The university was founded in 1885 by Leland and Jane Stanford in memory of their only child, Leland Stanford Jr., who had died of typhoid fever at age 15 the previous year. Stanford was a former Governor of California and U.S. Senator; he made his fortune as a railroad tycoon. The school admitted its first students on October 1, 1891, as a coeducational and non-denominational institution.
Stanford University struggled financially after Leland Stanford's death in 1893 and again after much of the campus was damaged by the 1906 San Francisco earthquake. Following World War II, Provost Frederick Terman supported faculty and graduates' entrepreneurialism to build self-sufficient local industry in what would later be known as Silicon Valley. The university is also one of the top fundraising institutions in the country, becoming the first school to raise more than a billion dollars in a year.
The university is organized around three traditional schools consisting of 40 academic departments at the undergraduate and graduate level and four professional schools that focus on graduate programs in Law, Medicine, Education and Business. Stanford's undergraduate program is one of the top three most selective in the United States. Students compete in 36 varsity sports, and the university is one of two private institutions in the Division I FBS Pac-12 Conference. It has gained 116 NCAA team championships, the most for a university (two more than UCLA), 497 individual championships, and has won the NACDA Directors' Cup for 23 consecutive years, beginning in 1994–1995. In addition, Stanford students and alumni have won 270 Olympic medals including 139 gold medals.
As of March 2018, 81 Nobel laureates, 27 Turing Award laureates, and 7 Fields Medalists have been affiliated with Stanford as students, alumni, faculty or staff. In addition, Stanford University is particularly noted for its entrepreneurship and is one of the most successful universities in attracting funding for start-ups. Stanford faculty and alumni have founded a large number of companies, which combined produce more than $2.7 trillion in annual revenue and have created 5.4 million jobs as of 2011, roughly equivalent to 10th largest economy in the world (2011). It is the alma mater of 30 living billionaires and 17 astronauts. It is also one of the leading producers of members of the United States Congress.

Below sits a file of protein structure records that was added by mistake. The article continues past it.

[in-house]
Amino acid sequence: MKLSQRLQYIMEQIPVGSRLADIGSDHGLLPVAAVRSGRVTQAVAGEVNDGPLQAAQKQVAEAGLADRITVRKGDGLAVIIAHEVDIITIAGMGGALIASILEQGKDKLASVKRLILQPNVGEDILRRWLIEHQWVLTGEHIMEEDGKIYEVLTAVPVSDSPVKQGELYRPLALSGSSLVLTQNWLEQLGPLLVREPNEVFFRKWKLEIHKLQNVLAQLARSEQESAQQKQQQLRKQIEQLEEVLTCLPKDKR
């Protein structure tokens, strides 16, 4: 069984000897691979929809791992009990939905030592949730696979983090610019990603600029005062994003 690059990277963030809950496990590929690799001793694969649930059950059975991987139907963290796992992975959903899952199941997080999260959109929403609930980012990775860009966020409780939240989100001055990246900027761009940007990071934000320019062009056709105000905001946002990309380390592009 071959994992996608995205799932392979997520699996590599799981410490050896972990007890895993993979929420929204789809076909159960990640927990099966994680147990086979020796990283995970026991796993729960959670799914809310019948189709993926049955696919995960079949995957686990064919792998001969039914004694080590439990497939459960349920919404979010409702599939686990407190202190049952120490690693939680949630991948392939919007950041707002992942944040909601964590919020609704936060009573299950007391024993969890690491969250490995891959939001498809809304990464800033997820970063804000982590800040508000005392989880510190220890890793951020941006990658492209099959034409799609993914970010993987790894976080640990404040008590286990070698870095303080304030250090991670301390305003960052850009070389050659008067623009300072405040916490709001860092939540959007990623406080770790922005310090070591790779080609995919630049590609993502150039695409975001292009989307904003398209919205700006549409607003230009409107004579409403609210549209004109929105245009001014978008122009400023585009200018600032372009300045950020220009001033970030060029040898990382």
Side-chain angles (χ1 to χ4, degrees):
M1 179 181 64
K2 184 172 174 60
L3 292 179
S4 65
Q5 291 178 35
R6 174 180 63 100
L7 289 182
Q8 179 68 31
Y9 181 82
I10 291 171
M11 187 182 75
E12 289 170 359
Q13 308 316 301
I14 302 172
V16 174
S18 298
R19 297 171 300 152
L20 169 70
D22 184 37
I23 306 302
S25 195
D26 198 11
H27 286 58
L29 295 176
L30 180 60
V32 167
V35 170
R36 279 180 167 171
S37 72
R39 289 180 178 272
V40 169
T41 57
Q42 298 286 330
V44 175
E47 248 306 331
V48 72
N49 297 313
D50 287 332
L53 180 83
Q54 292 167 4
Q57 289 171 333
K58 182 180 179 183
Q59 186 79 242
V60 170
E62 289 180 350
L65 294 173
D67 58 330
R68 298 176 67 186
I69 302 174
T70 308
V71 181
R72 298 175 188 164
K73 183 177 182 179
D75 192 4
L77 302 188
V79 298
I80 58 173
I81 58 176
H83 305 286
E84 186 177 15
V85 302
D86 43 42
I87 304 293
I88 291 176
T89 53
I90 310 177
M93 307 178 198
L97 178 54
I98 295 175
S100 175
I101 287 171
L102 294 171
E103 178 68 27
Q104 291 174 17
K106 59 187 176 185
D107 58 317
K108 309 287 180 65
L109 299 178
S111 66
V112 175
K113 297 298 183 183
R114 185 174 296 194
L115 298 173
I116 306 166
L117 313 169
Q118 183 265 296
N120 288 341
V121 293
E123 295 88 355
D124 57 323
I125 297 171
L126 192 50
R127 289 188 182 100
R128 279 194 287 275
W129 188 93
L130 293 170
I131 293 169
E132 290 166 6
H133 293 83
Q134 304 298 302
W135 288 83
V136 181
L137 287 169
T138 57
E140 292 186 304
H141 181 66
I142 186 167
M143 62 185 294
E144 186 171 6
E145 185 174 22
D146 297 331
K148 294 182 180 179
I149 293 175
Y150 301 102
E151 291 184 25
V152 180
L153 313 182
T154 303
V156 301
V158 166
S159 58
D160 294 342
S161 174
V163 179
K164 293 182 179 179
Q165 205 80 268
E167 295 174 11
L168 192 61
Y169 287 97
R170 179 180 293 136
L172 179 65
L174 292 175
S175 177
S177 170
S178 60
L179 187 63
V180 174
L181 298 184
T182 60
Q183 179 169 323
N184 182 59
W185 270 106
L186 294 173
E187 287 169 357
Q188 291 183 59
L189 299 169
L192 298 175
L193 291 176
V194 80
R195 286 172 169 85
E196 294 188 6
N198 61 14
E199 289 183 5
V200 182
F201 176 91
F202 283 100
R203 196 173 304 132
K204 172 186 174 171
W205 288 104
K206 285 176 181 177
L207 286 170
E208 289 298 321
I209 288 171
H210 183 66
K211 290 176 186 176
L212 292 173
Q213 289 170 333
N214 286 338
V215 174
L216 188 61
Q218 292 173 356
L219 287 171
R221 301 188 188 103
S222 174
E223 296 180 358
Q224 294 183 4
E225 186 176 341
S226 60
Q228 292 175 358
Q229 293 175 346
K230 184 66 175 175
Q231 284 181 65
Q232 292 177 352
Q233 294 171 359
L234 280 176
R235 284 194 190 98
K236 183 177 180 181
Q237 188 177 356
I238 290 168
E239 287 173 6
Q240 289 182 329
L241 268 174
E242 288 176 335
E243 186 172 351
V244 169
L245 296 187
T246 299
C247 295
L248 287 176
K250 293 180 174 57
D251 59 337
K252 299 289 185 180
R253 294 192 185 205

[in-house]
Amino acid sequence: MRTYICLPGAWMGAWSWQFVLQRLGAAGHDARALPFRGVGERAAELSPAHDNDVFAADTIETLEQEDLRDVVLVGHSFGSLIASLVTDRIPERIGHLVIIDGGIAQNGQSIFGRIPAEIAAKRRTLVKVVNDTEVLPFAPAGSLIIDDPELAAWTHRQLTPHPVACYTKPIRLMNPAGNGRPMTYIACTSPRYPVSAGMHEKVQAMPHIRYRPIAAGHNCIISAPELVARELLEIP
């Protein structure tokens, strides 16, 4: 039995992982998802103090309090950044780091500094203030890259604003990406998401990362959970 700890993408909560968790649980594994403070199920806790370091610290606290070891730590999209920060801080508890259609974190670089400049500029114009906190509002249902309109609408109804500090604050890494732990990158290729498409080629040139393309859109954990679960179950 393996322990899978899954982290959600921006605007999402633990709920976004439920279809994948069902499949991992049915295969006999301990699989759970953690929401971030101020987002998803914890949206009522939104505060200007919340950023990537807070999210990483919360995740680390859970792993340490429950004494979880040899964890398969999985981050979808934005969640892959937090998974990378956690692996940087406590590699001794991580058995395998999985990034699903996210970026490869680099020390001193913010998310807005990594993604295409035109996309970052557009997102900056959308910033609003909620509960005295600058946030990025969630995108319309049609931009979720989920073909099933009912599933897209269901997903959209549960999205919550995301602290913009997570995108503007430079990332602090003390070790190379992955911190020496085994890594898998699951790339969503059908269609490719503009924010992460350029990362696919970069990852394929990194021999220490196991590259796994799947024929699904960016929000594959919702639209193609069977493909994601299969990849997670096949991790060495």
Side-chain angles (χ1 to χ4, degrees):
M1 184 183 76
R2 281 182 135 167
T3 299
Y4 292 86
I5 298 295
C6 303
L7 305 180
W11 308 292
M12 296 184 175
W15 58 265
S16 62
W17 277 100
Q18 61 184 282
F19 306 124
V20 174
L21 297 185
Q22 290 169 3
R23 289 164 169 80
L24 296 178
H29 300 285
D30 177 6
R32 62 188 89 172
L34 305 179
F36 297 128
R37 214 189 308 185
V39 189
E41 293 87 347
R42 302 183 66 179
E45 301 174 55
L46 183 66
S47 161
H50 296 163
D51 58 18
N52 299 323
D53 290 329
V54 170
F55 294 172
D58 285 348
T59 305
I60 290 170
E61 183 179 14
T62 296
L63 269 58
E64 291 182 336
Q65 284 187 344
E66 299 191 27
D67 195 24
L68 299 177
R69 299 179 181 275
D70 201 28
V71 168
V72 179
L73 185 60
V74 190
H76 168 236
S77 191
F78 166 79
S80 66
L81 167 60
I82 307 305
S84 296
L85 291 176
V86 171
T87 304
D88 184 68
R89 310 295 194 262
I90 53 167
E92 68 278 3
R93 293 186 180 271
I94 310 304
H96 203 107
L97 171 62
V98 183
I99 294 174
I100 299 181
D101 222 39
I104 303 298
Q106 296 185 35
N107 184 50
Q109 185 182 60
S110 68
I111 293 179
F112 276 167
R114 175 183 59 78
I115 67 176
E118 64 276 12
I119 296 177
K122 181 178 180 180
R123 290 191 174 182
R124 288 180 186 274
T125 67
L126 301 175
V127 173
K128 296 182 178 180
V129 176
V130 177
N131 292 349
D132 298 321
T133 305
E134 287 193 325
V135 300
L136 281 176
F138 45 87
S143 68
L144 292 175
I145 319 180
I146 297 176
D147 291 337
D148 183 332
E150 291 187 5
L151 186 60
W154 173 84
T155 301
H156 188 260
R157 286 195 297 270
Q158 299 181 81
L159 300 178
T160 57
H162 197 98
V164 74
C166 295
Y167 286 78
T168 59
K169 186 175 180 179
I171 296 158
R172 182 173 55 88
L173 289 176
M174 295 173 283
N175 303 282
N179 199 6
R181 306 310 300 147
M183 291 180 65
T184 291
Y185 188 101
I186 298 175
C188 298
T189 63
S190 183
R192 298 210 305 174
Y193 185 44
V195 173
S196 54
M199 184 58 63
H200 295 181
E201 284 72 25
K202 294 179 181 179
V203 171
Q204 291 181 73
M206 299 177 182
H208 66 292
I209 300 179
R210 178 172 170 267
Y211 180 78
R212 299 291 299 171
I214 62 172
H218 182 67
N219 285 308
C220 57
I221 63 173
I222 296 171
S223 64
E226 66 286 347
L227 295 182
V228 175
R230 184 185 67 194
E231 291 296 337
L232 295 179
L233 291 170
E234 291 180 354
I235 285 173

Stanford University was founded in 1885 by Leland and Jane Stanford, dedicated to Leland Stanford Jr, their only child. The institution opened in 1891 on Stanford's previous Palo Alto farm. Despite being impacted by earthquakes in both 1906 and 1989, the campus was rebuilt each time. In 1919, The Hoover Institution on War, Revolution and Peace was started by Herbert Hoover to preserve artifacts related to World War I. The Stanford Medical Center, completed in 1959, is a teaching hospital with over 800 beds. The SLAC National Accelerator Laboratory (originally named the Stanford Linear Accelerator Center), which was established in 1962, performs research in particle physics.